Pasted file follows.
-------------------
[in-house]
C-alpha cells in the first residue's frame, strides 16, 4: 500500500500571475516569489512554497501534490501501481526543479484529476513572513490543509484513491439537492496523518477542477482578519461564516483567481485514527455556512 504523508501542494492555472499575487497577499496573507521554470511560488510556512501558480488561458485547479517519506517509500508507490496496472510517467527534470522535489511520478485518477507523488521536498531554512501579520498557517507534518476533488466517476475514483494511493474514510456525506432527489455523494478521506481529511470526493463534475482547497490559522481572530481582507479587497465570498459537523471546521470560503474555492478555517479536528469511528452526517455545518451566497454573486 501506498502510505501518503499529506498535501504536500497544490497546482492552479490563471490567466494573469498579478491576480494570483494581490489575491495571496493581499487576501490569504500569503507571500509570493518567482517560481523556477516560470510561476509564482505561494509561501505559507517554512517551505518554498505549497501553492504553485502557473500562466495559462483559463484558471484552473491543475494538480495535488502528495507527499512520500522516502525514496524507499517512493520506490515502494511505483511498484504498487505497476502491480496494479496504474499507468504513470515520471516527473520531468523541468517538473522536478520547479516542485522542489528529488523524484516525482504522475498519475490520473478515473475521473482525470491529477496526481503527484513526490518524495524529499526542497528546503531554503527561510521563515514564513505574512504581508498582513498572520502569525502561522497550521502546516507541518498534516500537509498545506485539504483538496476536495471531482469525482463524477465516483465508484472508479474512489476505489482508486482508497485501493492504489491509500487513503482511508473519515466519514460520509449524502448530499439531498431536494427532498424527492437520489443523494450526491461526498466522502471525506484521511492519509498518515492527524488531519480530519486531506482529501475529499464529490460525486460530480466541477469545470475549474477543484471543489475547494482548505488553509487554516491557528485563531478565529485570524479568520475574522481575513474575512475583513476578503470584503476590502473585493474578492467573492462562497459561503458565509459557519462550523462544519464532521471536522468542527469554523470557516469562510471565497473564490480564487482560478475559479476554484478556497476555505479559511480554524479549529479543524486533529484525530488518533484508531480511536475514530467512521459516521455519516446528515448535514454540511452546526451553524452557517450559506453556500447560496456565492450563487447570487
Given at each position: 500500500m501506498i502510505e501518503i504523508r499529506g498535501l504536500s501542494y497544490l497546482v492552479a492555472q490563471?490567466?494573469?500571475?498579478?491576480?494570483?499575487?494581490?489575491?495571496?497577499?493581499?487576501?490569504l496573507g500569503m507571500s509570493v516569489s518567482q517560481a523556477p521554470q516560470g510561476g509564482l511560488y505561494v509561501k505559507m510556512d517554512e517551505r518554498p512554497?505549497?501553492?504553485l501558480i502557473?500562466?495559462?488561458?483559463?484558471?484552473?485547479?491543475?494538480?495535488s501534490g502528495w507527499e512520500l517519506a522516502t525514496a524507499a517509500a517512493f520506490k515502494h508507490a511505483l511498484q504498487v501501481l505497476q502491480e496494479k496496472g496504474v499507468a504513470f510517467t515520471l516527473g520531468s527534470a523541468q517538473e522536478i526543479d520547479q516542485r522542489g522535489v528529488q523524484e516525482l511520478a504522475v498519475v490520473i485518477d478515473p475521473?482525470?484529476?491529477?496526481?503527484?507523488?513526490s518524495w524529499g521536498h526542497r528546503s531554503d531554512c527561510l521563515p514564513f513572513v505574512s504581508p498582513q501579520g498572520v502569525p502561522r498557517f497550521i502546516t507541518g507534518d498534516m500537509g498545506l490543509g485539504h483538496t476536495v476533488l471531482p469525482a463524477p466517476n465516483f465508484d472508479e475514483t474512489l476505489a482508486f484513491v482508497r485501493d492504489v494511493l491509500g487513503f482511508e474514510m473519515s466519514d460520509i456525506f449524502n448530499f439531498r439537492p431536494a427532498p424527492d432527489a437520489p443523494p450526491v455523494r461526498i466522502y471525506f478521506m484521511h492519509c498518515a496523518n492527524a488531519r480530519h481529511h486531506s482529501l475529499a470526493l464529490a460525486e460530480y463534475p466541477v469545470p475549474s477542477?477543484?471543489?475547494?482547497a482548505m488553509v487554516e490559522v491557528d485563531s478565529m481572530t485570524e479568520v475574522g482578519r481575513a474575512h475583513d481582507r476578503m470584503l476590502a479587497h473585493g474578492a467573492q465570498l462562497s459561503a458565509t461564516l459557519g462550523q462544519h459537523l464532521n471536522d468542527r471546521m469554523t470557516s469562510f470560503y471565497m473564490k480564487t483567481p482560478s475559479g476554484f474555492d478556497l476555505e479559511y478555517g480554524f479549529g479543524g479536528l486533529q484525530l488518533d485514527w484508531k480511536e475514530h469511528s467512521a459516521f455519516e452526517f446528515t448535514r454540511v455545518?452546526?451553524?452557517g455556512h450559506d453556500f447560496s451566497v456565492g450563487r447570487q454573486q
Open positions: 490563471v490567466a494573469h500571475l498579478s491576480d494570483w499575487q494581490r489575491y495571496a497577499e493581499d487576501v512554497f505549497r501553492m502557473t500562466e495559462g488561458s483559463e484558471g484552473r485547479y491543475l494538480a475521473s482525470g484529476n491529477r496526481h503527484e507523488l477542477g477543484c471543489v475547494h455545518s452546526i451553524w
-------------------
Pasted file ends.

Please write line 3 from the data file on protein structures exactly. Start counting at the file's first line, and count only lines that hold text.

Given at each position: 500500500m501506498i502510505e501518503i504523508r499529506g498535501l504536500s501542494y497544490l497546482v492552479a492555472q490563471?490567466?494573469?500571475?498579478?491576480?494570483?499575487?494581490?489575491?495571496?497577499?493581499?487576501?490569504l496573507g500569503m507571500s509570493v516569489s518567482q517560481a523556477p521554470q516560470g510561476g509564482l511560488y505561494v509561501k505559507m510556512d517554512e517551505r518554498p512554497?505549497?501553492?504553485l501558480i502557473?500562466?495559462?488561458?483559463?484558471?484552473?485547479?491543475?494538480?495535488s501534490g502528495w507527499e512520500l517519506a522516502t525514496a524507499a517509500a517512493f520506490k515502494h508507490a511505483l511498484q504498487v501501481l505497476q502491480e496494479k496496472g496504474v499507468a504513470f510517467t515520471l516527473g520531468s527534470a523541468q517538473e522536478i526543479d520547479q516542485r522542489g522535489v528529488q523524484e516525482l511520478a504522475v498519475v490520473i485518477d478515473p475521473?482525470?484529476?491529477?496526481?503527484?507523488?513526490s518524495w524529499g521536498h526542497r528546503s531554503d531554512c527561510l521563515p514564513f513572513v505574512s504581508p498582513q501579520g498572520v502569525p502561522r498557517f497550521i502546516t507541518g507534518d498534516m500537509g498545506l490543509g485539504h483538496t476536495v476533488l471531482p469525482a463524477p466517476n465516483f465508484d472508479e475514483t474512489l476505489a482508486f484513491v482508497r485501493d492504489v494511493l491509500g487513503f482511508e474514510m473519515s466519514d460520509i456525506f449524502n448530499f439531498r439537492p431536494a427532498p424527492d432527489a437520489p443523494p450526491v455523494r461526498i466522502y471525506f478521506m484521511h492519509c498518515a496523518n492527524a488531519r480530519h481529511h486531506s482529501l475529499a470526493l464529490a460525486e460530480y463534475p466541477v469545470p475549474s477542477?477543484?471543489?475547494?482547497a482548505m488553509v487554516e490559522v491557528d485563531s478565529m481572530t485570524e479568520v475574522g482578519r481575513a474575512h475583513d481582507r476578503m470584503l476590502a479587497h473585493g474578492a467573492q465570498l462562497s459561503a458565509t461564516l459557519g462550523q462544519h459537523l464532521n471536522d468542527r471546521m469554523t470557516s469562510f470560503y471565497m473564490k480564487t483567481p482560478s475559479g476554484f474555492d478556497l476555505e479559511y478555517g480554524f479549529g479543524g479536528l486533529q484525530l488518533d485514527w484508531k480511536e475514530h469511528s467512521a459516521f455519516e452526517f446528515t448535514r454540511v455545518?452546526?451553524?452557517g455556512h450559506d453556500f447560496s451566497v456565492g450563487r447570487q454573486q